Digital women still not being taken seriously

I’ve been in tech since the 90s. It’s not always been easy but on the whole there’s been more ups than downs. But back in the 90s I thought we’d fixed or were fixing the systemic bias against women. I was wrong.

It is simply not good enough when the government or government agencies such as the country’s digital regulator misrepresent or ignore women. Take this advert from the UK government over which there was widespread condemnation: women labouring in the home and the sole man lounging on the sofa.

It’s even worse when Ofcom – the UK’s digital regulator – portrays online digital habits with a graphic like this.

If you cannot see the bias in this graphic then frankly you’re part of the problem. It’s no use making noises that we want more women in our industry when this is the way we present technology consumption, never mind technology creation. But dig down on the Ofcom page and the unconscious bias is worse.

“Around half (49%) of UK adults (around 26 million) visited an adult website or app in September 2020. The largest, Pornhub, was visited by around a third of online adults in September 2020 – representing half of all UK online men, and 16% of UK online women.”

Calling out pornography as one of the few examples given of online services isn’t a problem if it’s balanced by telling us what women are doing online. Ofcom’s own figures show that viewing porn is a male-oriented pastime. So what were women doing? What sites do they like?

This type of unconscious bias occurs because the people doing the research are men. Whether it’s journalists, analysts or industry researchers the field is still heavily biased towards men. Which means women’s voices and not being heard and we’re still getting graphics and analysis like this.

In the main report there are not many graphics representing actual humans, but where there are these are all universally male.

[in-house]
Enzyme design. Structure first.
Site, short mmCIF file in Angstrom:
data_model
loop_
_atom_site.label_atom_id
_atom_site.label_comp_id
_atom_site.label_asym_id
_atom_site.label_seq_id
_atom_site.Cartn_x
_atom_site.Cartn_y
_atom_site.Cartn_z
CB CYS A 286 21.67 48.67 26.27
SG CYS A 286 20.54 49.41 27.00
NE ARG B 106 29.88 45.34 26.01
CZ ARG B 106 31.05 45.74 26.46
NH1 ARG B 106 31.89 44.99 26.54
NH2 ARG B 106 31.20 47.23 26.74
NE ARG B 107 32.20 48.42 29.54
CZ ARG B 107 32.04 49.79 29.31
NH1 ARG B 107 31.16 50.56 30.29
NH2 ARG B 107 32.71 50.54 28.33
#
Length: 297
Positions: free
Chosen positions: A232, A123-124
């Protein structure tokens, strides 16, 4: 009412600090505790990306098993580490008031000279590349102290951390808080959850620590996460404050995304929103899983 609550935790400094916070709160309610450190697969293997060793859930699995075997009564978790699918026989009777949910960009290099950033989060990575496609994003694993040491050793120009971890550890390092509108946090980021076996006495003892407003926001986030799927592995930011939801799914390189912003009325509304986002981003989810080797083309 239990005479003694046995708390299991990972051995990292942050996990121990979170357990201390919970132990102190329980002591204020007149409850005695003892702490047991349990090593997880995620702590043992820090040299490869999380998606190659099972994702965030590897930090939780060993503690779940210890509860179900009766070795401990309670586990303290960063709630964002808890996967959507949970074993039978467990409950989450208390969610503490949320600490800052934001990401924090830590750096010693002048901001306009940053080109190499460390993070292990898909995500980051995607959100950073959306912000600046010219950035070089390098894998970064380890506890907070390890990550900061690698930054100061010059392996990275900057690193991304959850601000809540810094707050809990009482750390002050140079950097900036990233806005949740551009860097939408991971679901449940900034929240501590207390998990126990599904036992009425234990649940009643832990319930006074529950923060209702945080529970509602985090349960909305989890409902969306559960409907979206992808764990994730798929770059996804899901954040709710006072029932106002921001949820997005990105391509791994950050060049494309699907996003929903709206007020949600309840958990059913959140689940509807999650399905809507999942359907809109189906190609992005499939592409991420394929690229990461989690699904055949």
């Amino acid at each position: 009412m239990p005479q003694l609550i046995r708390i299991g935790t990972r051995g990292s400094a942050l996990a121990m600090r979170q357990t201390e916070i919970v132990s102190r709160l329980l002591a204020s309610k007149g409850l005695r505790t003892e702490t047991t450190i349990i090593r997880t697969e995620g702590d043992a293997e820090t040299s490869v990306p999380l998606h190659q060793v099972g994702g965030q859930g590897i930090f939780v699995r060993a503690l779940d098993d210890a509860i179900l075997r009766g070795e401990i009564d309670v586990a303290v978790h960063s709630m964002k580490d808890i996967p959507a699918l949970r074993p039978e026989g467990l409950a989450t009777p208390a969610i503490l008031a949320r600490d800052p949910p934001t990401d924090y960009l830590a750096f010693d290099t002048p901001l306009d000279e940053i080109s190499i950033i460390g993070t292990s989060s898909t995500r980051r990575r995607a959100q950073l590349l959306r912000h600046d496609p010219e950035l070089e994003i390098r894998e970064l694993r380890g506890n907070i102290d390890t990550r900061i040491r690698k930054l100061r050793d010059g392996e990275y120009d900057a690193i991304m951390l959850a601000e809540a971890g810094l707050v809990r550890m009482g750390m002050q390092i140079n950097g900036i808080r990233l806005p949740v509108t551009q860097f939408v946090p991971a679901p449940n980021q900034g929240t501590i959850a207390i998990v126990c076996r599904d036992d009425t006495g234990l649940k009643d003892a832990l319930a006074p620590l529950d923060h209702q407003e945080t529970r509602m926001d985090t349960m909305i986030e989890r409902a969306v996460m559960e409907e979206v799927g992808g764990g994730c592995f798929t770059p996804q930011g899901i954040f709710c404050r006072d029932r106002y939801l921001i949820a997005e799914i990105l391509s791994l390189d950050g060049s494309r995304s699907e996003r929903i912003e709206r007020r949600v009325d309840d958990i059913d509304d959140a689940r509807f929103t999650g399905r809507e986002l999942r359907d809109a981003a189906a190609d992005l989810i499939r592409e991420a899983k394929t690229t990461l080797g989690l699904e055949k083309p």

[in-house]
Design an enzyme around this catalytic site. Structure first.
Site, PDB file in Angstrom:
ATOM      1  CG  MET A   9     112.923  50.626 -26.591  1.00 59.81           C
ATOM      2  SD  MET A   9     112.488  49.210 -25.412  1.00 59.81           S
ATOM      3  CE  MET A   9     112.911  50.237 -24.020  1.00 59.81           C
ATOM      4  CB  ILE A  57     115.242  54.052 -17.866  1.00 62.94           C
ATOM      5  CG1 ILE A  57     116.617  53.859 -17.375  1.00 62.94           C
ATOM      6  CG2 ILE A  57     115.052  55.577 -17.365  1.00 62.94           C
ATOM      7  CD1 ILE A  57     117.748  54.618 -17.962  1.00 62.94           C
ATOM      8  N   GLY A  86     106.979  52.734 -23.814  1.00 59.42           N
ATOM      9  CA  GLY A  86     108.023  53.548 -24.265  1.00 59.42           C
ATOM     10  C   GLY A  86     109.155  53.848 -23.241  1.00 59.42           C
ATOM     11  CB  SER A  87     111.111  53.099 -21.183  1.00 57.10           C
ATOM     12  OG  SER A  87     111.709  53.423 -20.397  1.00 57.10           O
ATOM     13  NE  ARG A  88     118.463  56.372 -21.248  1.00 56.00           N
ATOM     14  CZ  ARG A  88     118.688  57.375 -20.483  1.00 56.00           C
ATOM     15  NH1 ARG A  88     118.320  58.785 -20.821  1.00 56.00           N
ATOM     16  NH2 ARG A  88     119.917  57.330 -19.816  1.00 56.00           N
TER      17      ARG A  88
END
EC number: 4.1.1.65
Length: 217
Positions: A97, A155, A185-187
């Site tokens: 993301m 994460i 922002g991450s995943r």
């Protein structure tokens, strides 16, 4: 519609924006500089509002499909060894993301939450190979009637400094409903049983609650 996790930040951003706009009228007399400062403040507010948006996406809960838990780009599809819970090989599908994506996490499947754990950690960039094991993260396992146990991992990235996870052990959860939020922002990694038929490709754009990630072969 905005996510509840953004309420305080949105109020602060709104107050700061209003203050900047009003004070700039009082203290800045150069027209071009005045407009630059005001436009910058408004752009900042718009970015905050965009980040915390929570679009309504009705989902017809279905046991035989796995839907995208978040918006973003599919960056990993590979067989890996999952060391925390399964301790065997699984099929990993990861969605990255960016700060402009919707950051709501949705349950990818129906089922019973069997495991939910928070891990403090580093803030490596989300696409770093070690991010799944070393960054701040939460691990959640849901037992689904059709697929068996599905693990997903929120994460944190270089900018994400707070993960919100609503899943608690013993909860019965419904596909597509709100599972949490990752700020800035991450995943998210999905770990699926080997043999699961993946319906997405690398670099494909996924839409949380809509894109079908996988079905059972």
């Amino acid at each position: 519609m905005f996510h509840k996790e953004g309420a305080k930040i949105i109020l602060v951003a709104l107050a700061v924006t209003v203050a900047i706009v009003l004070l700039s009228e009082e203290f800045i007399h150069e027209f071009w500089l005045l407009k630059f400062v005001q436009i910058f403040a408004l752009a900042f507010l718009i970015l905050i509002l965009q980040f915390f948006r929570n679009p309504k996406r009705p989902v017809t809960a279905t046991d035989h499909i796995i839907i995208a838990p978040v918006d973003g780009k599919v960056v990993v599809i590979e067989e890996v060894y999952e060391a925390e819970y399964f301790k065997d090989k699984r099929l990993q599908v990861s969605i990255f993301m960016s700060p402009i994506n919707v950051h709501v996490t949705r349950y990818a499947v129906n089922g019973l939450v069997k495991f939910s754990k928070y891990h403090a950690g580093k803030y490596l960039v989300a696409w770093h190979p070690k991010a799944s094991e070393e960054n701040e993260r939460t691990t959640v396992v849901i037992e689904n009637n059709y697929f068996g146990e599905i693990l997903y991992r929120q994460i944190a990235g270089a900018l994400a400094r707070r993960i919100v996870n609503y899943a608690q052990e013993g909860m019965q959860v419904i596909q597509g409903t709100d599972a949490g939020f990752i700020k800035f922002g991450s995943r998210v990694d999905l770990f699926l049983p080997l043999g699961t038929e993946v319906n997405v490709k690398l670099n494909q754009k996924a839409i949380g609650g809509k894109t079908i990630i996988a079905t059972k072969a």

• page 27 – male representing adults that used Facebook-owned messaging services
  • page 66 – two male silhouettes representing online gaming
  • graphic used to promote findings – two male figures (as shown above)

Unless we employ more women to analyse and discuss the technology market this bias will continue. Most male tech execs I pointed to the Ofcom page couldn’t see anything wrong with it. After all, it represented them. The dawning realising “oh I see” shows that the bias isn’t necessarily deliberate, but it’s there. And while it’s there it is putting off another generation of girls and women from participating in the technology industry. Inclusion means representing what matters to women, showing them in our reports, understanding their attitudes, behaviours and opinions. Over 25 years ago I overhauled the way reports were written at Ovum and insisted that graphics represent women as well as men, all age groups and people of different ethnicities.

While we may have made a lot of progress on the latter, we are still not representing that technology is for women too, and for children, young adults and older people.

A typical lost opportunity from this Ofcom report was the assertion that more women than men disagree that people should be permitted to say whatever they like online. Why? Because in the answer to the ‘why’ is where we find out what matters to women.

Teresa Cottam
Teresa Cottam

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